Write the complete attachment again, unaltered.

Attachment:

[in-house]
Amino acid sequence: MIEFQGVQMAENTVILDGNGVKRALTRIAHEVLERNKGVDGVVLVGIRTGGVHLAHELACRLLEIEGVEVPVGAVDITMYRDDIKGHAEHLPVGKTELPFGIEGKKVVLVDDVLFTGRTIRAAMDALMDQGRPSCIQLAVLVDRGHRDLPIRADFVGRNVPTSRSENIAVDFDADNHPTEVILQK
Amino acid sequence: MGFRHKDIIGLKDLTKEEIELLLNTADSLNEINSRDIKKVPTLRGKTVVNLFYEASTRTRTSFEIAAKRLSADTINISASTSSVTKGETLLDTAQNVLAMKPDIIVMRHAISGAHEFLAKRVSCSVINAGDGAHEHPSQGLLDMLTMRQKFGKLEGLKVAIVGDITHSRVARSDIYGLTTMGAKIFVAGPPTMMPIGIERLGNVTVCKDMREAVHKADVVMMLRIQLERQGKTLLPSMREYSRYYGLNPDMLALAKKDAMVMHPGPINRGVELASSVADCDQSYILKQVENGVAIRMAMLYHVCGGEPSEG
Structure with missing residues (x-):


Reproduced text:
[in-house]
Amino acid sequence: MIEFQGVQMAENTVILDGNGVKRALTRIAHEVLERNKGVDGVVLVGIRTGGVHLAHELACRLLEIEGVEVPVGAVDITMYRDDIKGHAEHLPVGKTELPFGIEGKKVVLVDDVLFTGRTIRAAMDALMDQGRPSCIQLAVLVDRGHRDLPIRADFVGRNVPTSRSENIAVDFDADNHPTEVILQK
Amino acid sequence: MGFRHKDIIGLKDLTKEEIELLLNTADSLNEINSRDIKKVPTLRGKTVVNLFYEASTRTRTSFEIAAKRLSADTINISASTSSVTKGETLLDTAQNVLAMKPDIIVMRHAISGAHEFLAKRVSCSVINAGDGAHEHPSQGLLDMLTMRQKFGKLEGLKVAIVGDITHSRVARSDIYGLTTMGAKIFVAGPPTMMPIGIERLGNVTVCKDMREAVHKADVVMMLRIQLERQGKTLLPSMREYSRYYGLNPDMLALAKKDAMVMHPGPINRGVELASSVADCDQSYILKQVENGVAIRMAMLYHVCGGEPSEG
Structure with missing residues (x-):